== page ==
NEW YORK -- Bud Selig headed reporters off at the pass at a luncheon with members of the Baseball Writers' Association of America Tuesday afternoon. The baseball commissioner cited legal reasons for not talking about the A's, their stadium situation and the club's well-known desire to move to the South Bay.
"We've talked to Mayor (Chuck) Reed," Selig said. "You know we're in litigation with San Jose, and therefore, obviously, that is not a subject that can't be discussed while this litigation is ongoing."
With the backdrop of Selig appointing a blue ribbon committee four years ago to investigate the A's desire to move to San Jose, with the Giants holding territorial rights, and the 45-year-old Coliseum showing its age, the city of San Jose voted in June to sue Major League Baseball because of its refusal to allow the A's to move.
[REWIND: City of San Jose suing MLB over A's move]
Selig was named as a defendant, along with all 30 MLB clubs -- including the A's -- in the suit.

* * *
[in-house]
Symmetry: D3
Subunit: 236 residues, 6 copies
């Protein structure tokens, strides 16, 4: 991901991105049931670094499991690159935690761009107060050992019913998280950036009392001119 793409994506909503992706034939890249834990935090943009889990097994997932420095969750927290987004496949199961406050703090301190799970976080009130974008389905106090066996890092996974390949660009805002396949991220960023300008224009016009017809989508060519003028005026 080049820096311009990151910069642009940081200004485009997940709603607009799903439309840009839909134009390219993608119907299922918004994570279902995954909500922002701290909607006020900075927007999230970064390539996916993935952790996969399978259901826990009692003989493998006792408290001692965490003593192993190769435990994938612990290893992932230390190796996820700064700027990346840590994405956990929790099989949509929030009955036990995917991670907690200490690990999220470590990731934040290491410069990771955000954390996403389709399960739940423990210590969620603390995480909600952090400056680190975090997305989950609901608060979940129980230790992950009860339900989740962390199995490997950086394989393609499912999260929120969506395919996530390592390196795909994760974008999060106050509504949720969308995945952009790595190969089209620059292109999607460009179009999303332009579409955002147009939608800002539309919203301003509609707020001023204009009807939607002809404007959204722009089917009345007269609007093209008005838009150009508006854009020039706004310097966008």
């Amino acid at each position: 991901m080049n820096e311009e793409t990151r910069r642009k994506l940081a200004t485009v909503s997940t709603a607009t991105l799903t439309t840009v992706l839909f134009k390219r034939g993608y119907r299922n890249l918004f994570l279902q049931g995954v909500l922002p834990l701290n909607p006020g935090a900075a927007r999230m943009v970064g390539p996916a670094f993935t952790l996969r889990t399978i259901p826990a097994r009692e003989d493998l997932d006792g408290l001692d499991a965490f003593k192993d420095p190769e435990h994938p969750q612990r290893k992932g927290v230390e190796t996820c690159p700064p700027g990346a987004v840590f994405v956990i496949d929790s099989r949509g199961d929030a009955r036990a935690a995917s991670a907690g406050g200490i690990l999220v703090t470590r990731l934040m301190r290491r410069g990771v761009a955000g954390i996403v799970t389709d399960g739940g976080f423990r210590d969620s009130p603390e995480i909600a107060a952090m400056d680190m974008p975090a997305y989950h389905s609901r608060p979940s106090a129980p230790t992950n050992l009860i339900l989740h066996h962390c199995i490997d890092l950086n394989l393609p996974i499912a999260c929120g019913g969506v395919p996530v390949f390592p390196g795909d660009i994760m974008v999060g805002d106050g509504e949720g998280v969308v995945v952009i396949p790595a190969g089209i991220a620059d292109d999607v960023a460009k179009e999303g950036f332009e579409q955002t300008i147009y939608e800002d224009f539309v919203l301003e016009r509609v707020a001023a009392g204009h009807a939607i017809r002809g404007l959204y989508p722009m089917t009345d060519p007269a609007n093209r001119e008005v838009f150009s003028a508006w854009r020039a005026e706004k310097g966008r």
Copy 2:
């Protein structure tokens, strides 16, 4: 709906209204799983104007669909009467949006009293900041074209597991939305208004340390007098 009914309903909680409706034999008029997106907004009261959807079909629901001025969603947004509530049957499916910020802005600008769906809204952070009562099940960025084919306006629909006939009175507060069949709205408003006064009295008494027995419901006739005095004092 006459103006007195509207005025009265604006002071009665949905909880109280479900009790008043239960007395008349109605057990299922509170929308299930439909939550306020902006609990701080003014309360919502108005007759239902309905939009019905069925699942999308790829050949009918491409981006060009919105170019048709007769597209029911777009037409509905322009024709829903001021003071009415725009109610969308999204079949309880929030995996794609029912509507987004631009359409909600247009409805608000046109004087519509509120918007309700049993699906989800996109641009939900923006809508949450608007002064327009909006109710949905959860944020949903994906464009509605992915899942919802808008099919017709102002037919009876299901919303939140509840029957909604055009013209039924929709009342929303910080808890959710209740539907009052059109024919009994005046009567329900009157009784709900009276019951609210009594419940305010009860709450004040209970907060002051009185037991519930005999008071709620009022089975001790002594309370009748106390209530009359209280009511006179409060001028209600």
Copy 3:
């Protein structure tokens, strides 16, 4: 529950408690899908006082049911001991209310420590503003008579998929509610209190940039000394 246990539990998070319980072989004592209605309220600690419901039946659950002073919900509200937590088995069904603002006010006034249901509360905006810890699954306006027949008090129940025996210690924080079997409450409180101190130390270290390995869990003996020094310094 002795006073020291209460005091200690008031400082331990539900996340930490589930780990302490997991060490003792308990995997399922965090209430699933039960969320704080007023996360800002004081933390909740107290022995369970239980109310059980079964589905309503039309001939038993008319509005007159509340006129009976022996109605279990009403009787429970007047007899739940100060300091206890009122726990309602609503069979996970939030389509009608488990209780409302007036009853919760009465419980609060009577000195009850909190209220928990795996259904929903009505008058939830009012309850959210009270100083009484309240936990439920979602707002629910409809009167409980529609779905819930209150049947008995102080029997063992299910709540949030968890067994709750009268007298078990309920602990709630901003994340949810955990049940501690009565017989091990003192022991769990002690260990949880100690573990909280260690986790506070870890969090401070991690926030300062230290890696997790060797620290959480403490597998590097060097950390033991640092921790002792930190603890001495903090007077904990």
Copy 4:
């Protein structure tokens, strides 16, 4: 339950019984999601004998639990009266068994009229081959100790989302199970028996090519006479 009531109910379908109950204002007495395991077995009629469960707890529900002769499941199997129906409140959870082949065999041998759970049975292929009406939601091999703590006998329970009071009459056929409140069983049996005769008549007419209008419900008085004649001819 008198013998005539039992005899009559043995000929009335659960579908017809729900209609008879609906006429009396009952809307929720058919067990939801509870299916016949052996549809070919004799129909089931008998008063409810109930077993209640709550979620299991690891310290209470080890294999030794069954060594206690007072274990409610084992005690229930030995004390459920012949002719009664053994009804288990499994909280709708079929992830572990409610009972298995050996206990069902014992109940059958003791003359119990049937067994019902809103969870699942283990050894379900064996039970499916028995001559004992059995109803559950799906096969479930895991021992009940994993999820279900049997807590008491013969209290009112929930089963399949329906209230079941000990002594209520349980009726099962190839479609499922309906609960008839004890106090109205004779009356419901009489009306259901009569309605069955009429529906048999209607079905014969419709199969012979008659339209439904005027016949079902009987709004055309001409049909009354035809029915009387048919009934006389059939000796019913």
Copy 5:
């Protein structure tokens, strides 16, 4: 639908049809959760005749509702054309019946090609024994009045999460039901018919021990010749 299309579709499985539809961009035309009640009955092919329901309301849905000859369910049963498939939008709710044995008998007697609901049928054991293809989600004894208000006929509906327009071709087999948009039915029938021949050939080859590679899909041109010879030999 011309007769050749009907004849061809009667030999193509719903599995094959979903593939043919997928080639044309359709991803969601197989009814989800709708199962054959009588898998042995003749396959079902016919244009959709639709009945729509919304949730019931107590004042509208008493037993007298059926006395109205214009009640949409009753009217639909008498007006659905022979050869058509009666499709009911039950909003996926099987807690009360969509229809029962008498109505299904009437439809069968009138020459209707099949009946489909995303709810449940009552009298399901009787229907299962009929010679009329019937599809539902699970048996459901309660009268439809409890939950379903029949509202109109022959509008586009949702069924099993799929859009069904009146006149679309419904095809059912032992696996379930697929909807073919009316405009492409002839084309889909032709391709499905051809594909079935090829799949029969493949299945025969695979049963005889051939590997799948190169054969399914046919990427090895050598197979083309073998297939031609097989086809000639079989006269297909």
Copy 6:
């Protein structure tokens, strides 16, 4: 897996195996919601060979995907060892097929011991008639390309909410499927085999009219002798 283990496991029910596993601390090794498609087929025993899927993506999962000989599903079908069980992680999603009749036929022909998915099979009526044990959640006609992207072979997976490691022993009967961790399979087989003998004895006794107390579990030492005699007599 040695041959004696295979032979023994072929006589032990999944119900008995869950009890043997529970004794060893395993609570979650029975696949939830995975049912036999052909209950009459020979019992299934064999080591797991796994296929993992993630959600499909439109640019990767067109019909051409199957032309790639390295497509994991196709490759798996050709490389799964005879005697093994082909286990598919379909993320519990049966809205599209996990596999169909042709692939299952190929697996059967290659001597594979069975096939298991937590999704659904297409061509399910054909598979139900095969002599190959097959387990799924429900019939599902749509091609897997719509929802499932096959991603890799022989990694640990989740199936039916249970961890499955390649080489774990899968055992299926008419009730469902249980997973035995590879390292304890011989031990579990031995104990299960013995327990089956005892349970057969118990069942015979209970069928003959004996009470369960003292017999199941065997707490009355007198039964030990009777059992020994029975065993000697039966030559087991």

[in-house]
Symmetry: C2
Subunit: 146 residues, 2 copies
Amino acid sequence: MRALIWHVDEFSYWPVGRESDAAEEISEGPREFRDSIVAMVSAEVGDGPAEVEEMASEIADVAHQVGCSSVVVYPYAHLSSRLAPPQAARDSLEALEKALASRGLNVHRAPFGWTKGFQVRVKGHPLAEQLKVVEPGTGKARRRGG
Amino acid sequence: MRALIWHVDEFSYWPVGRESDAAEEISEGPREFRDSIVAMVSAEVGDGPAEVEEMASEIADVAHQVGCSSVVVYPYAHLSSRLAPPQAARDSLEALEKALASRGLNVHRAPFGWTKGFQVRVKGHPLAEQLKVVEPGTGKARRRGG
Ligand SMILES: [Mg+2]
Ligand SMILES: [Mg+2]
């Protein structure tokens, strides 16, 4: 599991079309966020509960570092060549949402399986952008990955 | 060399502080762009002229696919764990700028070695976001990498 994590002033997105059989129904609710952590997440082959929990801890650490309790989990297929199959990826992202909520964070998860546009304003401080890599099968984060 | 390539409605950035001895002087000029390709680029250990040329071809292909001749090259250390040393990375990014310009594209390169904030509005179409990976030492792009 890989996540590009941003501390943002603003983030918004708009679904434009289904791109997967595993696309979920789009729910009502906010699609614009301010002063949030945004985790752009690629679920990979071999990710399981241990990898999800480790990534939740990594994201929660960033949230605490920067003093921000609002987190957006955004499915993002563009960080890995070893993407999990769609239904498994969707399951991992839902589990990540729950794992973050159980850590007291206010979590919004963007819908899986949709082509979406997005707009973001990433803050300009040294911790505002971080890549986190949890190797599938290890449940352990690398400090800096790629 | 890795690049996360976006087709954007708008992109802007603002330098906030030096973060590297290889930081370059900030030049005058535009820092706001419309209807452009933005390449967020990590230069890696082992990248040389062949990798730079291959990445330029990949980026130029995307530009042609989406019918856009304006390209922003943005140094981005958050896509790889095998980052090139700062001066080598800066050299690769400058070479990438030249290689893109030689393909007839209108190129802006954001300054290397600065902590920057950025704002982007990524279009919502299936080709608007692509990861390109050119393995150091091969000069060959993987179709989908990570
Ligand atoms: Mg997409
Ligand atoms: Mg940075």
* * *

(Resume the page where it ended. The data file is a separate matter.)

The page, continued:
Asked about instant replay, Selig introduced executive vice president for baseball operations Joe Torre, who said he anticipated expanded replay in 2014 that might include plays on the bases, trapped fly balls in the outfield, and not just on fair or foul calls.
"Life isn't perfect," Selig said. "The sport isn't perfect. But we live with it. We have to be careful in our zest to improve things so that it does not affect the game as we've all known it."
Said Torre: "The beauty of this game…is we have a game of flow, we have a rhythm to it and we want to make sure we improve what we've down with the home run replay."
Selig said the All-Star Game's popularity is at an all-time high.
"In the late '90s we had to beg people to take the game," he said.
Next year's game is scheduled to be played in Minnesota with the 2015 Midsummer Classic slated for Cincinnati. Selig said he wants to continue the alternating rotation between host stadiums being American League and National League. In 2006 and 2007, though, the NL had it in back-to-back years in Pittsburgh and San Francisco.
Selig remained steadfast in his belief there should be an international draft.